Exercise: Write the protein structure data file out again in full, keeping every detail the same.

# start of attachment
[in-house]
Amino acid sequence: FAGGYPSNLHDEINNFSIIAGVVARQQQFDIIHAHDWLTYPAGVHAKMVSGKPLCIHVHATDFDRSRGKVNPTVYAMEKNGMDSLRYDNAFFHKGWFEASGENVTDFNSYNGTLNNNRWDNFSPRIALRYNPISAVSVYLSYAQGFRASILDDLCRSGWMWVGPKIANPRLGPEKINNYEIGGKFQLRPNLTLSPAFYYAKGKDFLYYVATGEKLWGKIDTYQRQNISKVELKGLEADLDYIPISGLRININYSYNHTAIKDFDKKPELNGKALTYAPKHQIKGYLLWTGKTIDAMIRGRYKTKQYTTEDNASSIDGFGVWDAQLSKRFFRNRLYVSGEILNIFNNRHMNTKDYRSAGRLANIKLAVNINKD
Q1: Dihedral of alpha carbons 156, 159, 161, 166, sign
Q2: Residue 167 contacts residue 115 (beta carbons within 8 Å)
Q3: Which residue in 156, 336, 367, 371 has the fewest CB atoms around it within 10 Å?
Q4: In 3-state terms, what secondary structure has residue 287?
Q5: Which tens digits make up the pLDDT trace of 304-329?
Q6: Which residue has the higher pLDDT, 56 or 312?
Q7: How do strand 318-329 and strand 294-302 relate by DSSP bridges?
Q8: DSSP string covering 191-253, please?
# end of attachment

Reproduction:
[in-house]
Amino acid sequence: FAGGYPSNLHDEINNFSIIAGVVARQQQFDIIHAHDWLTYPAGVHAKMVSGKPLCIHVHATDFDRSRGKVNPTVYAMEKNGMDSLRYDNAFFHKGWFEASGENVTDFNSYNGTLNNNRWDNFSPRIALRYNPISAVSVYLSYAQGFRASILDDLCRSGWMWVGPKIANPRLGPEKINNYEIGGKFQLRPNLTLSPAFYYAKGKDFLYYVATGEKLWGKIDTYQRQNISKVELKGLEADLDYIPISGLRININYSYNHTAIKDFDKKPELNGKALTYAPKHQIKGYLLWTGKTIDAMIRGRYKTKQYTTEDNASSIDGFGVWDAQLSKRFFRNRLYVSGEILNIFNNRHMNTKDYRSAGRLANIKLAVNINKD
Q1: Dihedral of alpha carbons 156, 159, 161, 166, sign
Q2: Residue 167 contacts residue 115 (beta carbons within 8 Å)
Q3: Which residue in 156, 336, 367, 371 has the fewest CB atoms around it within 10 Å?
Q4: In 3-state terms, what secondary structure has residue 287?
Q5: Which tens digits make up the pLDDT trace of 304-329?
Q6: Which residue has the higher pLDDT, 56 or 312?
Q7: How do strand 318-329 and strand 294-302 relate by DSSP bridges?
Q8: DSSP string covering 191-253, please?